Before the coronavirus pandemic delayed the start of the 2020 season, the main storyline across Major League Baseball was the Astros' sign-stealing scandal.
There was a widespread rage aimed at players like Jose Altuve, Alex Bregman and Carlos Correa for their involvement — and lack of punishment — in a sign-stealing scheme involving a camera in center field feeding a catcher's signals to Houston's clubhouse in real-time, which would then be relayed to the batter before the pitcher delivered.
Sign-stealing in baseball is nearly as old as the game itself, but introducing technology into the equation gave the Astros an unfair advantage that helped them win a World Series in 2017. Before, baserunners on second base would look at the catcher's signs and try to deliver them to the batter if they could figure it out.
It wasn't a perfect system by any means, especially compared to the Astros, but on some occasions, it would work out for the hitter. Shortstops like Cal Ripken Jr., who noticed a baserunner trying to steal signs, had his own form of sign-stealing justice.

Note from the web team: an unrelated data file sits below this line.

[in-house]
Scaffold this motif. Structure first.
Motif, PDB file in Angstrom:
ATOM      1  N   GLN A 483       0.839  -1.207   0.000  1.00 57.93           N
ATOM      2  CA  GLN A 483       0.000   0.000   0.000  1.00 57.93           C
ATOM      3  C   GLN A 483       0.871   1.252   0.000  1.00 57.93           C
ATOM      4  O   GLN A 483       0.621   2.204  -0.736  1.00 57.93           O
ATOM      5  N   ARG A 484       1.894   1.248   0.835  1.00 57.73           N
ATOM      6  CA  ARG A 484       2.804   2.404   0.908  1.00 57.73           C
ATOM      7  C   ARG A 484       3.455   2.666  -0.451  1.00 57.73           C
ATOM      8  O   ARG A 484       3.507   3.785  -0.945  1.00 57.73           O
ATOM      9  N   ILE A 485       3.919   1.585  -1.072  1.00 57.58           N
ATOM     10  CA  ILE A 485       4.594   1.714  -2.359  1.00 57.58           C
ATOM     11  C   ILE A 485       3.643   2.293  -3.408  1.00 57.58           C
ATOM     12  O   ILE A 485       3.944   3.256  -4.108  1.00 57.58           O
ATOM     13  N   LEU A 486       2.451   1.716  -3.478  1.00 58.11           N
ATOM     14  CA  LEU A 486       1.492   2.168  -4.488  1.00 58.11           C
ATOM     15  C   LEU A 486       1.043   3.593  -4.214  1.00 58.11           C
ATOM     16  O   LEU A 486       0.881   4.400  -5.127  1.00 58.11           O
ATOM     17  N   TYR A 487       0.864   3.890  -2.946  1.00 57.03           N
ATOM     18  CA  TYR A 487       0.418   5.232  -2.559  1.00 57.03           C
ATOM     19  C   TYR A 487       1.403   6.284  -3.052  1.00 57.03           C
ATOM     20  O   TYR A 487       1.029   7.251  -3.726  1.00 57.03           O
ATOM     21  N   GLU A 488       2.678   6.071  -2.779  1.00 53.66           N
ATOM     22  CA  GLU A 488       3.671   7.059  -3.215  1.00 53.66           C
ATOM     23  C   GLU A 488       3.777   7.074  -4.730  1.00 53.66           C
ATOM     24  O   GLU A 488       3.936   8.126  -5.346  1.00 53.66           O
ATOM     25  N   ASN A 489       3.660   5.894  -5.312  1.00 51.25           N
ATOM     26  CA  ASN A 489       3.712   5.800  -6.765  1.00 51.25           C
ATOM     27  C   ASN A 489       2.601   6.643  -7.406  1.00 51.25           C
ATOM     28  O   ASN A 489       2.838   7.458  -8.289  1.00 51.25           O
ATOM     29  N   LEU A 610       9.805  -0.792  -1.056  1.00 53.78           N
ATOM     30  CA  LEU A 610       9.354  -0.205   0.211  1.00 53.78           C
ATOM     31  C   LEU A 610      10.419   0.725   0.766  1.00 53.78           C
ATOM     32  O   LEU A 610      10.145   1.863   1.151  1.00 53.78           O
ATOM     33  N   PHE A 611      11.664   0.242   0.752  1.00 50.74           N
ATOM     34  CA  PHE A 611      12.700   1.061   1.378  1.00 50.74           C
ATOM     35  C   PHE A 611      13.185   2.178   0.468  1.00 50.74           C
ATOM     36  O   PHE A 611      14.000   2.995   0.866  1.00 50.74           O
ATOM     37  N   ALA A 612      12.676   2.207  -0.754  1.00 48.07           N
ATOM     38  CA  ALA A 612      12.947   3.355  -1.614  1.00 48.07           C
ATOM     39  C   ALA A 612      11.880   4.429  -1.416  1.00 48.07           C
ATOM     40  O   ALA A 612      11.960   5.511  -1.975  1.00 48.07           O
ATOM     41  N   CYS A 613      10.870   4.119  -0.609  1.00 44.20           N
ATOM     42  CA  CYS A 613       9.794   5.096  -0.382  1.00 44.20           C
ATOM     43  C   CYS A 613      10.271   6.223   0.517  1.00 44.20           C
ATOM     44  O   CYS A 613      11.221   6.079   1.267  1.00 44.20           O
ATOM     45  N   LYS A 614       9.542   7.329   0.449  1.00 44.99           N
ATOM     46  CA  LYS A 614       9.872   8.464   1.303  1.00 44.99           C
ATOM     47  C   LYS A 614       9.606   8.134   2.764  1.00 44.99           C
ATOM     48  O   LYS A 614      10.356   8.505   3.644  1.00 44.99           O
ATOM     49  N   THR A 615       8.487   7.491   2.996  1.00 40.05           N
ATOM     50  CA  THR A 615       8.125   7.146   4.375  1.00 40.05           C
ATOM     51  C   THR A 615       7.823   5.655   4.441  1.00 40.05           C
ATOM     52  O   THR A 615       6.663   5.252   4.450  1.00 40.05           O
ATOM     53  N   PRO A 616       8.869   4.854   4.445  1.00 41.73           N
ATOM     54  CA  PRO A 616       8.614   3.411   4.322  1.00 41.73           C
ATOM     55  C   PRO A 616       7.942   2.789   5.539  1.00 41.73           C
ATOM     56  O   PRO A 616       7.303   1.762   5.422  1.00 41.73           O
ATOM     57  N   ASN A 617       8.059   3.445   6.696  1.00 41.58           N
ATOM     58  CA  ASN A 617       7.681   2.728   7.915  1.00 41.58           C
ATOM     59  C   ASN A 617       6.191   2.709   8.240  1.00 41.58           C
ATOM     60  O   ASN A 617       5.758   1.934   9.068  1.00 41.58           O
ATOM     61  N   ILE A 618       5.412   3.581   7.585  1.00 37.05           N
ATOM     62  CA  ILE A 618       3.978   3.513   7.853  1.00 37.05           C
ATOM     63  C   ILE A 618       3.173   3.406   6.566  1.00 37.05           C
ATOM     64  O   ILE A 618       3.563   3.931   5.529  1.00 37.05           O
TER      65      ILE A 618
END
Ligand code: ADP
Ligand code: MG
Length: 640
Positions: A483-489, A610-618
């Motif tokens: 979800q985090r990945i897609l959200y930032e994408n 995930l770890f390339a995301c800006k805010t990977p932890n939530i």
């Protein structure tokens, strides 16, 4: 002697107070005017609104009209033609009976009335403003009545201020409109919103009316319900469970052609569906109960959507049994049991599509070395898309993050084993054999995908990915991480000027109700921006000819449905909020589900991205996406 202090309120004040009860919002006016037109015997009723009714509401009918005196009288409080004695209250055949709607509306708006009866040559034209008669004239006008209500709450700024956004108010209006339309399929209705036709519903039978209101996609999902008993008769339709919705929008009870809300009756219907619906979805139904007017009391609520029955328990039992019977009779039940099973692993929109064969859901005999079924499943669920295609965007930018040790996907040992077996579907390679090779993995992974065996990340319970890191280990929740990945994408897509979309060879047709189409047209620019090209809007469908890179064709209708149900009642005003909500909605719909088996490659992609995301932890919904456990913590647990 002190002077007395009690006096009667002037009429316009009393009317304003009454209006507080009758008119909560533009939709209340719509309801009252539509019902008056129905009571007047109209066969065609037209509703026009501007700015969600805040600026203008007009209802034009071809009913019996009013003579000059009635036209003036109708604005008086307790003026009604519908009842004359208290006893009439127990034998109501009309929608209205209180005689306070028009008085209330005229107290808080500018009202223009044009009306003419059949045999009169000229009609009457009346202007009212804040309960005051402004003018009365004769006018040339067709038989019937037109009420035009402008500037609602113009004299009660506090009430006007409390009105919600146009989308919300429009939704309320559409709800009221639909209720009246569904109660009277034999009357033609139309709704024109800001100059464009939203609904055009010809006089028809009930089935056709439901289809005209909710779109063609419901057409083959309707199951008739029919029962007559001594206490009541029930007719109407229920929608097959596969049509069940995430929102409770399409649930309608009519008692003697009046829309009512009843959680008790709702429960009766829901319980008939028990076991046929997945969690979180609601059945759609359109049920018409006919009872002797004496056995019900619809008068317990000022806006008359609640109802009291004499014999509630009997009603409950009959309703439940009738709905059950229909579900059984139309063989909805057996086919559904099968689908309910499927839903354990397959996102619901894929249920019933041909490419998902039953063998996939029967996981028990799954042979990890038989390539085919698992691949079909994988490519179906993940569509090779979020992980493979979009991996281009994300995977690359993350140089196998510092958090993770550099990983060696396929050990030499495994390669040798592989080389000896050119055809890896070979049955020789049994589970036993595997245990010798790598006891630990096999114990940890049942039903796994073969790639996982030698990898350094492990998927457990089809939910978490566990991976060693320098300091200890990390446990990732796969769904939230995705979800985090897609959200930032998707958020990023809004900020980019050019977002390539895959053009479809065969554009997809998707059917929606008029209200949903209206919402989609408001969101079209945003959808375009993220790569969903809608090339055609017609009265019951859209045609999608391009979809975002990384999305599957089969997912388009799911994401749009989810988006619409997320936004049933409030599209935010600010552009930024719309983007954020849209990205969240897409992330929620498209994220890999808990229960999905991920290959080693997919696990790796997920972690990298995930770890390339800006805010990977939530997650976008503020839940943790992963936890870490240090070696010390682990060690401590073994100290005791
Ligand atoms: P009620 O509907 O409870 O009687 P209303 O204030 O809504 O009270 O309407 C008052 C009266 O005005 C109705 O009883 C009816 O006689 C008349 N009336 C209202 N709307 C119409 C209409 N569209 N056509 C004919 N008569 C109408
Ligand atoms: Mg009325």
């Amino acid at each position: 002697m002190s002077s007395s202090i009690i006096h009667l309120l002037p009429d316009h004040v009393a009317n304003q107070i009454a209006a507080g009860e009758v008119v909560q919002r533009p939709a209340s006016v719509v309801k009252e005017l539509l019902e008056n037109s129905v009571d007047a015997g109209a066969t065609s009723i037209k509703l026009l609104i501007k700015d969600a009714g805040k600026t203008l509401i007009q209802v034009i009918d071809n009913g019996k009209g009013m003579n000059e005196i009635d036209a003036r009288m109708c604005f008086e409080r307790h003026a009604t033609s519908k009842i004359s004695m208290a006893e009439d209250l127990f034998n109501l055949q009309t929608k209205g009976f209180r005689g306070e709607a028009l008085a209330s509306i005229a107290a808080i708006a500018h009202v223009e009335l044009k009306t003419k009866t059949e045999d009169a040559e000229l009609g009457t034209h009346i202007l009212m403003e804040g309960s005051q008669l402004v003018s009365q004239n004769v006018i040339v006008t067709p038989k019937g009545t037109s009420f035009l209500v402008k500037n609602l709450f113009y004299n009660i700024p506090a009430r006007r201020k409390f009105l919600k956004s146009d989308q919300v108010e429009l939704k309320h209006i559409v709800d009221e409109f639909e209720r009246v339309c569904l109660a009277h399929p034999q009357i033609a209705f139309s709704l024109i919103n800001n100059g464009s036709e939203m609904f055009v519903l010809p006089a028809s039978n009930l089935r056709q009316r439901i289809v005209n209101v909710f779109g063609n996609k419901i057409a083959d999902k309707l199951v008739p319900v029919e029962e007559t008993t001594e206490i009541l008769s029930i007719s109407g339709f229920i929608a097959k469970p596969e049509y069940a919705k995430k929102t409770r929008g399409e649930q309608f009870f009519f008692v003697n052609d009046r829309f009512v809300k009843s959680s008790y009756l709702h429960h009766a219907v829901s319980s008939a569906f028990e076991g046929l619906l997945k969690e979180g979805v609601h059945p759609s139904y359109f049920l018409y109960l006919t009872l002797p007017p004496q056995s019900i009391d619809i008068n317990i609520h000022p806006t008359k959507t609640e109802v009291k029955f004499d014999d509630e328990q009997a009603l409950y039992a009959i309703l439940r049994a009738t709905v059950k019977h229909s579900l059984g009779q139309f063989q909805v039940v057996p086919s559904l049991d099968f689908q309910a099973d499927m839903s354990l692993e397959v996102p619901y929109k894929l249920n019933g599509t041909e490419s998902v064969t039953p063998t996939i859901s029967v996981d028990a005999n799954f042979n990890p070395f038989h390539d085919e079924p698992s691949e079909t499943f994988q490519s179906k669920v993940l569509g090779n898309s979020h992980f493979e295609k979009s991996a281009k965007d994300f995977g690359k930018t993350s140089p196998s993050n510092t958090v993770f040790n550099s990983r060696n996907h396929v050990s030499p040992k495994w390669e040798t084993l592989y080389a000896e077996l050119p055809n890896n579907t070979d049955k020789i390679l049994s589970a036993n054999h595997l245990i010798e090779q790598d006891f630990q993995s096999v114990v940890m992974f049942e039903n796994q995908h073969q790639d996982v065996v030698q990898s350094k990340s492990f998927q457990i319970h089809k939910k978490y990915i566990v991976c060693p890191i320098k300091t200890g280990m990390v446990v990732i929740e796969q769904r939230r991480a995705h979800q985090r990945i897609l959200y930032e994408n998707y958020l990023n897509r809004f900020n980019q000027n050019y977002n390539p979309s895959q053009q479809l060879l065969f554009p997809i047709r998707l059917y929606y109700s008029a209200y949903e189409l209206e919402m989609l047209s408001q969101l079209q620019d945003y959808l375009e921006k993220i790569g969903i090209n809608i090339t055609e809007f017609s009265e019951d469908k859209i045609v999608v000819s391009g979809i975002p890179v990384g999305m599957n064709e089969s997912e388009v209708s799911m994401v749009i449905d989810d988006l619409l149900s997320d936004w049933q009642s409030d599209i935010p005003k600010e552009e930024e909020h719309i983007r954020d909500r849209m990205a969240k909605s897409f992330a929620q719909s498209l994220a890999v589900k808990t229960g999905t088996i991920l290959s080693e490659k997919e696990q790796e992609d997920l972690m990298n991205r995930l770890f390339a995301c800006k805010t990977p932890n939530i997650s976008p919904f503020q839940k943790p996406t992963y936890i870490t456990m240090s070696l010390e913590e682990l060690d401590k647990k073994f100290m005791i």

"In a really harsh way, you tell the pitcher to put down a curveball, the guy on second tells the hitter that a curveball's coming, and then you throw a pitch [at the batter's head]," Ripken said on The Takeout podcast with CBS' Major Garrett. "And I'll tell you that you break the trust between that sign-stealing scheme that's going on with the hitter."
Nothing sends a message like a 90+ mph fastball headed straight for your head.
Still, almost by baseball fan alive would rather deal with the Astros' mess than live in a world without baseball. MLB has not yet returned from its delay, though commissioner Rob Manfred has said on multiple occasions he expects baseball to return in 2020.
Once the game returns, Ripken believes it'll have a calming effect on the public and serve as a means of escape from the challenges of everyday life during a global pandemic.
“I think the big thing is, they just want to get back and provide people with the chance to escape or look at something in an entertaining sort of way,” Ripken said. “It makes them feel good, it makes them feel comfortable.”
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